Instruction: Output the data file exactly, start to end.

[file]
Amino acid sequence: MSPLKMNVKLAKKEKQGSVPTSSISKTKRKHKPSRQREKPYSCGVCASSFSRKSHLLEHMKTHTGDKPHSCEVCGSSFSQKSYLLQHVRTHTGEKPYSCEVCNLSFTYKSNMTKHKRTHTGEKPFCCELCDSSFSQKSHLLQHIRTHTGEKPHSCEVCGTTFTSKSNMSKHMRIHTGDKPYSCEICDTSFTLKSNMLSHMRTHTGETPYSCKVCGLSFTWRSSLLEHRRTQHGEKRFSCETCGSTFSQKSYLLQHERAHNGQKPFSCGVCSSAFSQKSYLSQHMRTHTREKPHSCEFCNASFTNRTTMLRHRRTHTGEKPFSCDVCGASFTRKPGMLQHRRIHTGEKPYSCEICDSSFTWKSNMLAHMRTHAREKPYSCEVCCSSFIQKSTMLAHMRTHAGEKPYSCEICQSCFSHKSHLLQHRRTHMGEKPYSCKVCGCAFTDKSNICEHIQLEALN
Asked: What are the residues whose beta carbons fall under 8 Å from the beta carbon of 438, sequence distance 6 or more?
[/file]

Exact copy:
Amino acid sequence: MSPLKMNVKLAKKEKQGSVPTSSISKTKRKHKPSRQREKPYSCGVCASSFSRKSHLLEHMKTHTGDKPHSCEVCGSSFSQKSYLLQHVRTHTGEKPYSCEVCNLSFTYKSNMTKHKRTHTGEKPFCCELCDSSFSQKSHLLQHIRTHTGEKPHSCEVCGTTFTSKSNMSKHMRIHTGDKPYSCEICDTSFTLKSNMLSHMRTHTGETPYSCKVCGLSFTWRSSLLEHRRTQHGEKRFSCETCGSTFSQKSYLLQHERAHNGQKPFSCGVCSSAFSQKSYLSQHMRTHTREKPHSCEFCNASFTNRTTMLRHRRTHTGEKPFSCDVCGASFTRKPGMLQHRRIHTGEKPYSCEICDSSFTWKSNMLAHMRTHAREKPYSCEVCCSSFIQKSTMLAHMRTHAGEKPYSCEICQSCFSHKSHLLQHRRTHMGEKPYSCKVCGCAFTDKSNICEHIQLEALN
Asked: What are the residues whose beta carbons fall under 8 Å from the beta carbon of 438, sequence distance 6 or more?